Small intestinal submucosa: Utilization for repair of rodent abdominal wall defects

C. D. Prevel*, B. L. Eppley, D. J. Summerlin, J. R. Jackson, M. McCarty, S. F. Badylak

*Corresponding author for this work

Research output: Contribution to journalArticlepeer-review

122 Scopus citations


Prosthetic graft material is often used for the repair of abdominal wall defects that result from trauma, infection, neoplastic, or congenital deformities. A new material, porcine small intestinal submucosa, has been successfully used as an arterial and venous graft material in both canine and primate animal models with graft patency and infection rates equal to autologous vein. On the basis of these studies, small intestinal submucosa was used as a graft material for the repair of a 2 x 2-cm full-thickness defect of the muscle and fascia in the rodent abdominal wall (N = 11). Two animals were euthanized at 1 week, 2 weeks, 4 weeks, 2 months, and 3 months. At the time of euthanization, no abdominal hernias were noted and only minimal intra-abdominal adhesions were observed. One animal died on postoperative day 5 as a result of a wound dehiscence. Histological analysis of the excised abdominal wall hernia repairs revealed moderate initial inflammation but with incorporation of small intestinal submucosa with minimal inflammation at 2 months. No evidence of graft-versus-host rejection was noted with hematoxylin and eosin stains and light microscopy. Porcine small intestinal submucosa merits further study as a graft material for abdominal wall replacement.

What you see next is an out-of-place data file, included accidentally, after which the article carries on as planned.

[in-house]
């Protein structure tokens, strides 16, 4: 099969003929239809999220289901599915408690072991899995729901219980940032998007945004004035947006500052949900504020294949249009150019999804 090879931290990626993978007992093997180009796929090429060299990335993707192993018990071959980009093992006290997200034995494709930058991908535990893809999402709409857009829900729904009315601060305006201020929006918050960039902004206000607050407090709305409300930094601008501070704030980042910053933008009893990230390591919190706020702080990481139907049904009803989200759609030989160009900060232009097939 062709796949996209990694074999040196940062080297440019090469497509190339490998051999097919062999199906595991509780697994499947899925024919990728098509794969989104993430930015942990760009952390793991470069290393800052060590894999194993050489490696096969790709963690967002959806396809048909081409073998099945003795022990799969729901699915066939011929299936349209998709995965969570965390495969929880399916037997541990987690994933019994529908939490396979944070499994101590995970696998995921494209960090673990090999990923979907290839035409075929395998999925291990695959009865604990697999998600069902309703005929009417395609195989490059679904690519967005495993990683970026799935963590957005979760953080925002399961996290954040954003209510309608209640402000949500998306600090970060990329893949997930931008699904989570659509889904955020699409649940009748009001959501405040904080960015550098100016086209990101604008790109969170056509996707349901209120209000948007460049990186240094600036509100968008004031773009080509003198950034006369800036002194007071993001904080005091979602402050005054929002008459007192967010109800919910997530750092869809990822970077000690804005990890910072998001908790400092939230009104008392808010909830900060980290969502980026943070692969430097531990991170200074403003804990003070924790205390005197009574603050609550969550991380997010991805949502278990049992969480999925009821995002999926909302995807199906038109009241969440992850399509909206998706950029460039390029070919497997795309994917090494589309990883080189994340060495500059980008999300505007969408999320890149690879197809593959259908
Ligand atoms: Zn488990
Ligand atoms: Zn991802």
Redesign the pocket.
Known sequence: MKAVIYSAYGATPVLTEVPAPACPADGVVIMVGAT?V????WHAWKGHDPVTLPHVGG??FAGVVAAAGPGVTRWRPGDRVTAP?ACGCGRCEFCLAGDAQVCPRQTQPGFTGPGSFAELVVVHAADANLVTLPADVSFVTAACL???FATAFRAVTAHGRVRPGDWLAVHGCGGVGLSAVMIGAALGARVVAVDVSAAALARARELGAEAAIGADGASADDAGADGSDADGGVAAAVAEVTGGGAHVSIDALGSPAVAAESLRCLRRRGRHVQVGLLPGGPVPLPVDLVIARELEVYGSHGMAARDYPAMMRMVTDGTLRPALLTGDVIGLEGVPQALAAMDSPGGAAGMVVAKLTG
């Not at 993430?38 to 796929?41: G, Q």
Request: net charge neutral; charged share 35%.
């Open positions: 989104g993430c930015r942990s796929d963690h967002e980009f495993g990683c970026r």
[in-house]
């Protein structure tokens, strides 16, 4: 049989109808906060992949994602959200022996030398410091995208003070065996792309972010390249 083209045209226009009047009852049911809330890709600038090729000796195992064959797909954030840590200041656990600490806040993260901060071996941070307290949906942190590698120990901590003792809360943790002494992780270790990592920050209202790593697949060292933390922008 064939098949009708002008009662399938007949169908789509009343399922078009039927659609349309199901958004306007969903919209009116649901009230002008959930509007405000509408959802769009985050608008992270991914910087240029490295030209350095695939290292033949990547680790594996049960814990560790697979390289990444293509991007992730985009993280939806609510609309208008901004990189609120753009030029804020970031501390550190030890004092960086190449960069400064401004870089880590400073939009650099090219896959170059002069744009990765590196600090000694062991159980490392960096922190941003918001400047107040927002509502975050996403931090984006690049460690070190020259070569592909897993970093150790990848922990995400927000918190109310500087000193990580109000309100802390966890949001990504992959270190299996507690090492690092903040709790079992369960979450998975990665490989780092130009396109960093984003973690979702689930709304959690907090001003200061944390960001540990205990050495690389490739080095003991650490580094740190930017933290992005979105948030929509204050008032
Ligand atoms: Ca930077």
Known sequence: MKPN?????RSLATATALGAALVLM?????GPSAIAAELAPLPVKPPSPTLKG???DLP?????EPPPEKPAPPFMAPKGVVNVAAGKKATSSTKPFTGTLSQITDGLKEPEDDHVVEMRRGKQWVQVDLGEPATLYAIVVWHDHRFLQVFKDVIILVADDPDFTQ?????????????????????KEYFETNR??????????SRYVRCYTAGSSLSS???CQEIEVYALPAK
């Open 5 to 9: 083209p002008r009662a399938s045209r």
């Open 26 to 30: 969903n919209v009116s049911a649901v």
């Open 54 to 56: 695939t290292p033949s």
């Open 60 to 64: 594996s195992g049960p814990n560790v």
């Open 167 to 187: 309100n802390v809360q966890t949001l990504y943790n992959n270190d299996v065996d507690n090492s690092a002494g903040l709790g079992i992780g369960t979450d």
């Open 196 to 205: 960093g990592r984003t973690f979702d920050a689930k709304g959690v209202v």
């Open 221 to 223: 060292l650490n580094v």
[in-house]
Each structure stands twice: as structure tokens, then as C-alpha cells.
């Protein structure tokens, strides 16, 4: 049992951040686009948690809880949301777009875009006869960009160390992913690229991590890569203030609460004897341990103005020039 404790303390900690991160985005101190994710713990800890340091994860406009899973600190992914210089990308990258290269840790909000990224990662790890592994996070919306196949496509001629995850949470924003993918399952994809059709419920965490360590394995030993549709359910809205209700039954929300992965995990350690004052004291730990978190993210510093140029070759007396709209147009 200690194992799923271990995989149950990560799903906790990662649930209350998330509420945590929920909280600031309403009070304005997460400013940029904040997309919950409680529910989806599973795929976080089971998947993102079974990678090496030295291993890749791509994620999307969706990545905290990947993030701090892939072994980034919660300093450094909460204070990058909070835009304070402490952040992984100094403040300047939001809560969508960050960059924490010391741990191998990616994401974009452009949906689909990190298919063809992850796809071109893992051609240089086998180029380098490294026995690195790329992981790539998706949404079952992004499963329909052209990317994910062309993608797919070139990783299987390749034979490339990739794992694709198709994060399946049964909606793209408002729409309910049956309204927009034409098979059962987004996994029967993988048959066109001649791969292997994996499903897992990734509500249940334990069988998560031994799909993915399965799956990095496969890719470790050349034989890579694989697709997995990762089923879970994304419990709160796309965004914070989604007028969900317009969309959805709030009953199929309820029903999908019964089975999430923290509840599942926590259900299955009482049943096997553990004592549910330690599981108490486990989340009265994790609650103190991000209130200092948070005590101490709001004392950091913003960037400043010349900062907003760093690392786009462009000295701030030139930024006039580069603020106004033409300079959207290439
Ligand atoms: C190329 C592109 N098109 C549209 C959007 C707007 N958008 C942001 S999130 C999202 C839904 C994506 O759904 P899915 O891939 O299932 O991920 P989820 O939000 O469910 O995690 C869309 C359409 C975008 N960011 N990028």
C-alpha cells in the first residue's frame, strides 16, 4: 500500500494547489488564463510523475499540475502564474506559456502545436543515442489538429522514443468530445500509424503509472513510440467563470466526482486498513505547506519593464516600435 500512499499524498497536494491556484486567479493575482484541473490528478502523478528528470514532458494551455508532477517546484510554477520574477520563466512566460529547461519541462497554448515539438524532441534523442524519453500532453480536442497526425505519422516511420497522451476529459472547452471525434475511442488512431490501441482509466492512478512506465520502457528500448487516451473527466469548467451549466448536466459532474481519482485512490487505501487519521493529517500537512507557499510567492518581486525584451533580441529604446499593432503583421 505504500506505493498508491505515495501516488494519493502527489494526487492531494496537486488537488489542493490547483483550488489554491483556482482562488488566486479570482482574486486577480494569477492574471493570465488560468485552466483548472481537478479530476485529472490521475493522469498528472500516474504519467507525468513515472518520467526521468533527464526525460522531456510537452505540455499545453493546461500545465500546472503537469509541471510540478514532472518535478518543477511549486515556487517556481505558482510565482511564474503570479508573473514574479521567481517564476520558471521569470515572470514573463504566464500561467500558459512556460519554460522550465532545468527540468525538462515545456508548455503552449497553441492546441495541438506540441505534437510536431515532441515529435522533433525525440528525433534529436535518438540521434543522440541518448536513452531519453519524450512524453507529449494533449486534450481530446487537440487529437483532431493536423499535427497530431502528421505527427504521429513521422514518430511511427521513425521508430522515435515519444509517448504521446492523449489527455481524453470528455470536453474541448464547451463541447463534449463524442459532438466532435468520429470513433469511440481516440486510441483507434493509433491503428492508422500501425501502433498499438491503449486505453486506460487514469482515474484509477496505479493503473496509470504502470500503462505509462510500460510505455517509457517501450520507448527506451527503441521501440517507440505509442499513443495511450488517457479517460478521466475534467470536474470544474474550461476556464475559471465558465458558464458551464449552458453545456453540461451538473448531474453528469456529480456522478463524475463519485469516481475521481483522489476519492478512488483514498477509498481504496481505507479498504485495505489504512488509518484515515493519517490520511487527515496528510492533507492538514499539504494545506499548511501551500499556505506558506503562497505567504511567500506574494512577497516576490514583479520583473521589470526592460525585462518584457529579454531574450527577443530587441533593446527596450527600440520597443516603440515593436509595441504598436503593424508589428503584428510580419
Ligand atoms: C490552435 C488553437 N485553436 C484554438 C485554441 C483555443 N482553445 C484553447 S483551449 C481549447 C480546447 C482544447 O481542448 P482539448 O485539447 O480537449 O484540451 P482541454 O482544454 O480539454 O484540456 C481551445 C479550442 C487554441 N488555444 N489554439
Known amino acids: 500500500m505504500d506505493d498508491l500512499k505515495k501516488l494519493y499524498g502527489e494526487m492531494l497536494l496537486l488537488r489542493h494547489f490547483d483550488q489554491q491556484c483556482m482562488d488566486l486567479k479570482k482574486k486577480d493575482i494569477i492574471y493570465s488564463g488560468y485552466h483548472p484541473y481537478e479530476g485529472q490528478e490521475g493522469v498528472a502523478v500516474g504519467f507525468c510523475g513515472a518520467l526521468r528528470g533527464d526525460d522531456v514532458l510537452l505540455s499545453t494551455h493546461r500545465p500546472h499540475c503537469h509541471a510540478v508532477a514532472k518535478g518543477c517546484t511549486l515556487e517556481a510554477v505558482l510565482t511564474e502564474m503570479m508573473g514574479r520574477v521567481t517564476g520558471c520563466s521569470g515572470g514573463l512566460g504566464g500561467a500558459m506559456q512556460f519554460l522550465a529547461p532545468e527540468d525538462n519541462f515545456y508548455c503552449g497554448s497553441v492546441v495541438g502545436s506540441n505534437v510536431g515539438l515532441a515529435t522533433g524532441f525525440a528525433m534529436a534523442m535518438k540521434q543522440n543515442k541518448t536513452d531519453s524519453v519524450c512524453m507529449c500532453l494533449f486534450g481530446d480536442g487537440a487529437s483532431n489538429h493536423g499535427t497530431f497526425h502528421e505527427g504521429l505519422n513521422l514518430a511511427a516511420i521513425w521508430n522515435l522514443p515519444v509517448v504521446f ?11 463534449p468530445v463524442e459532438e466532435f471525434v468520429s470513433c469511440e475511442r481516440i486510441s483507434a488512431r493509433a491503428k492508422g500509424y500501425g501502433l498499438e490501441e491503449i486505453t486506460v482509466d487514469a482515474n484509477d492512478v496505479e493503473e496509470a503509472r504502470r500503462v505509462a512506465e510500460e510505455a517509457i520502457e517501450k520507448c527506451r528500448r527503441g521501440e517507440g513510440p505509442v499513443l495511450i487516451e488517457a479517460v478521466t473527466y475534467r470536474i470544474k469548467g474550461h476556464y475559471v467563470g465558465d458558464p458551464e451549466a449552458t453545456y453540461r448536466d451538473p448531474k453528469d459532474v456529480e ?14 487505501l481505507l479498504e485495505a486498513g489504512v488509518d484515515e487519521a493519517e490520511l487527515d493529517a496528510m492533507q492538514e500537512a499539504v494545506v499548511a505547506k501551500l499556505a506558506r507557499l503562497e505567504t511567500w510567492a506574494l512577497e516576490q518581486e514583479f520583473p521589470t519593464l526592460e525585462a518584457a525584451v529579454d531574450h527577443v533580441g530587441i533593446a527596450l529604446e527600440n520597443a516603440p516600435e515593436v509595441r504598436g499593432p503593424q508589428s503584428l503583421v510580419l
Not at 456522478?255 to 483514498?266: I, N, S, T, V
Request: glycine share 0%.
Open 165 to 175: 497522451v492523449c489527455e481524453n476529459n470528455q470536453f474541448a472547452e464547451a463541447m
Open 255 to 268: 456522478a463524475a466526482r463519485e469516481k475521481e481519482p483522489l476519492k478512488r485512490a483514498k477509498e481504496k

Original languageEnglish
Pages (from-to)374-380
Number of pages7
JournalAnnals of Plastic Surgery
Issue number4
StatePublished - 1995
Externally publishedYes


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